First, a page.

Who is the course for?

This course is designed for any students and practitioners who use the 3D modeling software Rhinoceros and want to design more complex geometric forms through structuring and implementing coding logics.

This course will be helpful to designers (architectural, industrial, product, web, furniture), artists (multimedia, digital, sculpture), and programmers.

By completing the course, students can decide if they’d like to study more advanced computing topics through further education, such as recursion, agents, and complex generative systems.

What software or tools do you need?

  • This course integrates with a 3rd party website called the Gallery Tool, which was created by the University of Michigan in order to support collaboration between learners. You will need to make sure that Javascript is enabled in your browser and check that you are using Chrome, Firefox, or Edge. Safari and Internet Explorer are not supported.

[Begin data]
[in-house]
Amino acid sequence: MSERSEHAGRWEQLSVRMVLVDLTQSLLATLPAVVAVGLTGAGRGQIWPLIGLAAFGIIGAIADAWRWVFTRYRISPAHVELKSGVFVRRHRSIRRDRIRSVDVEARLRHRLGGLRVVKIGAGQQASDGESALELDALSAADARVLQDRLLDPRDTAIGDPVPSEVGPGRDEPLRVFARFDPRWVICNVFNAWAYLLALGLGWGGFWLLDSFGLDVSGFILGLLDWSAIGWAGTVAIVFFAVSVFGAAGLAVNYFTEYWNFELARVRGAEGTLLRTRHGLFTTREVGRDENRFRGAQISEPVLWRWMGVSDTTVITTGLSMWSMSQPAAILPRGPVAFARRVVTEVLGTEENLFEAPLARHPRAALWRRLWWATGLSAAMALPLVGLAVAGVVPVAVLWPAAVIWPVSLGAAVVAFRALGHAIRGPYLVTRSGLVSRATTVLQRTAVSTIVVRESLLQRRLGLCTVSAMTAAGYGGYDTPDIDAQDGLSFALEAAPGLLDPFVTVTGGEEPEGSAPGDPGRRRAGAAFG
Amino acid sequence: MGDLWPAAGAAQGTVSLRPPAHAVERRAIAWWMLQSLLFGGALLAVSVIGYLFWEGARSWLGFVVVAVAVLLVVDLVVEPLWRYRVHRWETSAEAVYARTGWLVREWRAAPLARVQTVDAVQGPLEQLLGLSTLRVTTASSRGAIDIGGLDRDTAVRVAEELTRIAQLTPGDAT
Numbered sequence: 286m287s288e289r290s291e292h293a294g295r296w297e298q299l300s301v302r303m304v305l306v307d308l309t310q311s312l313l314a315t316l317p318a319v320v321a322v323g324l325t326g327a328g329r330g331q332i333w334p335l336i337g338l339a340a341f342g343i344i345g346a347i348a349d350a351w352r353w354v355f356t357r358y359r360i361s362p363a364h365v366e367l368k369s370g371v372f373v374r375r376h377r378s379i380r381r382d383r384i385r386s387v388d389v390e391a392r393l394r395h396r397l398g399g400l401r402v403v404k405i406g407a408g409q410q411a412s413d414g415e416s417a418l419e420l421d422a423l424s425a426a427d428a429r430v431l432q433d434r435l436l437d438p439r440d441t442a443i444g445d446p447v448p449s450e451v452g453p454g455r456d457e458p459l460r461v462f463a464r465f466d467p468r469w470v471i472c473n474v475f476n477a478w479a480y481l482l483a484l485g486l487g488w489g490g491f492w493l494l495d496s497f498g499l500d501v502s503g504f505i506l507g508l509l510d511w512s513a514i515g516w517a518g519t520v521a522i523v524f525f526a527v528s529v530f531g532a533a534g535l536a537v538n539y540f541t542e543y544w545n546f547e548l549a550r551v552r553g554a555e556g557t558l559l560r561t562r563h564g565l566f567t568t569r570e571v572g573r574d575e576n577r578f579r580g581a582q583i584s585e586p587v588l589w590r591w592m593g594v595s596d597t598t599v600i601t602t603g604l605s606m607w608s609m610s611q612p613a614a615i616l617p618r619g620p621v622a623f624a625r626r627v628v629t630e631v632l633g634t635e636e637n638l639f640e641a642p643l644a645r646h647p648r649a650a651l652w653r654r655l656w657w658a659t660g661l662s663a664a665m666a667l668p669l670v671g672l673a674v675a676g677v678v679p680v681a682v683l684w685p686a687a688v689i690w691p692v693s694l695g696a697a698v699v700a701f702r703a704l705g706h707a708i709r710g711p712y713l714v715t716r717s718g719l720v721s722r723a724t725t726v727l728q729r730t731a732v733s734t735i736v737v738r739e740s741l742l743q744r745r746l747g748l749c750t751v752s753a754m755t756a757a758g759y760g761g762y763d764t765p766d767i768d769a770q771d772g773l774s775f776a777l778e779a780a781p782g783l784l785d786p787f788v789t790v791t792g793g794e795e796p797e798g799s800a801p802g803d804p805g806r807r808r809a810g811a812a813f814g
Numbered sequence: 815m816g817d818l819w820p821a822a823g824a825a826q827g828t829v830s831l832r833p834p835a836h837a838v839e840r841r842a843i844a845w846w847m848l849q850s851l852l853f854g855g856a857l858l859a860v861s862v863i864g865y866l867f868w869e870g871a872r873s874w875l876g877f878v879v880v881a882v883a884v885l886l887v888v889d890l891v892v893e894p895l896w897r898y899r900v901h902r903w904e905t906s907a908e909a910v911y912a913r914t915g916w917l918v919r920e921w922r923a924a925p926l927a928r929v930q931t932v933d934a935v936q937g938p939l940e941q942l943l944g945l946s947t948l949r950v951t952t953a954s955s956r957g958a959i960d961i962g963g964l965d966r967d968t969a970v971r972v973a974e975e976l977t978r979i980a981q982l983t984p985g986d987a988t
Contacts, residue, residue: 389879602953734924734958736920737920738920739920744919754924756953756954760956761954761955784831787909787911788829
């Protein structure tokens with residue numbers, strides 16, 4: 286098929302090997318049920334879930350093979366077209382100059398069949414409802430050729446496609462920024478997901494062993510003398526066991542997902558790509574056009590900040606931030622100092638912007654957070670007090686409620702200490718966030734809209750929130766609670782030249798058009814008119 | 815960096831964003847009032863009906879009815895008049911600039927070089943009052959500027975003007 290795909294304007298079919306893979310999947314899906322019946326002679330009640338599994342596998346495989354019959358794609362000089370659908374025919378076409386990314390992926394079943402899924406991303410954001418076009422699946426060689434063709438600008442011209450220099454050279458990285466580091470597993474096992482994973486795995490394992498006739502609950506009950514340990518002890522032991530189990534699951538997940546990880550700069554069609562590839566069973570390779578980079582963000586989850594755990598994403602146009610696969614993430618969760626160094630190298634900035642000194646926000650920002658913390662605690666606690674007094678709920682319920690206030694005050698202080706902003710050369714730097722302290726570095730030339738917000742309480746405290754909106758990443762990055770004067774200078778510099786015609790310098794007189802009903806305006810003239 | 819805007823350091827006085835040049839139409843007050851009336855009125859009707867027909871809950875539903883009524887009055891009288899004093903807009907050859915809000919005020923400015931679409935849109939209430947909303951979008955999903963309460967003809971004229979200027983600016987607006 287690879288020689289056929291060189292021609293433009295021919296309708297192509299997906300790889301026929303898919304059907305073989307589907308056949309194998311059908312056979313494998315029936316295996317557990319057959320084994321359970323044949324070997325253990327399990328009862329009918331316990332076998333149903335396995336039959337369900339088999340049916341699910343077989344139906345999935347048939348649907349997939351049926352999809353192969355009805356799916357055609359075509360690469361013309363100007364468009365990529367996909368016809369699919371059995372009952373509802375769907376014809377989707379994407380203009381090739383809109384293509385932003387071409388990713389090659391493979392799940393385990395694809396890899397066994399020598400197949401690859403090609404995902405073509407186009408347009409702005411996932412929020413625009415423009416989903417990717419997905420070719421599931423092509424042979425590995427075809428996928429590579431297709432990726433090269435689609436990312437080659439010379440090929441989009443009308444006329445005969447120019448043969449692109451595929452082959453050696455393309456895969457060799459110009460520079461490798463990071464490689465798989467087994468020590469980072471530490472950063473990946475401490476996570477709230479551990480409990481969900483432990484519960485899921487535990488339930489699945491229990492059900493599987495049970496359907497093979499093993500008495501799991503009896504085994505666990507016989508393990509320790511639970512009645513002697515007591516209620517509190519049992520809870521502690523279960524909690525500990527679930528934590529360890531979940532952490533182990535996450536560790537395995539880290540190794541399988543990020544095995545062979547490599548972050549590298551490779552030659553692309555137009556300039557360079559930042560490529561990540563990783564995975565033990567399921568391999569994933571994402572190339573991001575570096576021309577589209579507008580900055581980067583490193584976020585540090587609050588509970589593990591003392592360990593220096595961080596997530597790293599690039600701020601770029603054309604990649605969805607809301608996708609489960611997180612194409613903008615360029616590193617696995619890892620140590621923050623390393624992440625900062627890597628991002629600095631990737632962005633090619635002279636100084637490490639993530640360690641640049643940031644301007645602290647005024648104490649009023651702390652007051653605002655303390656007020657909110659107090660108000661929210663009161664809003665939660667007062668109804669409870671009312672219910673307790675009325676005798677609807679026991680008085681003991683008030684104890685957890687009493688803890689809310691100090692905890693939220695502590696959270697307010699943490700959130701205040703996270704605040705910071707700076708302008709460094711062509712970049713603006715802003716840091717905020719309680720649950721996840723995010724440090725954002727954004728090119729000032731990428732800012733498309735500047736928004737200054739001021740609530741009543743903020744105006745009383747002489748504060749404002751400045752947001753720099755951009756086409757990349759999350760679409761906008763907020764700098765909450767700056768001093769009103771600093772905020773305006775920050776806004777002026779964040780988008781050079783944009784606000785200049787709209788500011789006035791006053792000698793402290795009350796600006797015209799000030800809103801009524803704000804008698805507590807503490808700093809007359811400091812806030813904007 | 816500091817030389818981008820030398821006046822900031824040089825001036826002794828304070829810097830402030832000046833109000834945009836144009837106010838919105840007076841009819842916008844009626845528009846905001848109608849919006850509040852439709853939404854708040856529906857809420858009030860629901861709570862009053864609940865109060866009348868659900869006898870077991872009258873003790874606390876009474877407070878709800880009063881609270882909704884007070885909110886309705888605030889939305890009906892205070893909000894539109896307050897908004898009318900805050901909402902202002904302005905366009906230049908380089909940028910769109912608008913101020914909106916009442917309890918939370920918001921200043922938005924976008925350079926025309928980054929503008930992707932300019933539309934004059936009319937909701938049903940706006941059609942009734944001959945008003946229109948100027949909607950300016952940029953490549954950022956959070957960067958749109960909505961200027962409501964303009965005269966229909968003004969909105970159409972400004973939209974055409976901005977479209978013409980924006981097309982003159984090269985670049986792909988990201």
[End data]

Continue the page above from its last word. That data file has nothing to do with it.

• Learners will need access to Rhinocerous 3D which offers a free, full version, 90-day trial for Windows and Mac. After 90 days a purchased license will be required to save files or use plug-ins. We walk you through how to install Rhinocerous 3D in the course.

Who will you learn with?

I'm an associate professor of architecture at the University of Michigan’s Taubman College of Architecture and Urban Planning, where I conduct research/courses in computation and digital fabrication.

Who developed the course?

University of Michigan

As the #1 public research university in the United States, U-M has been a leader in research, learning, and teaching for more than 200 years, with 102 Grad programs in the top 10 — U.S. News & World Report (2019).

  • Established1817
  • LocationAnn Arbor, Michigan, USA
  • World rankingTop 30Source: Times Higher Education World University Rankings 2020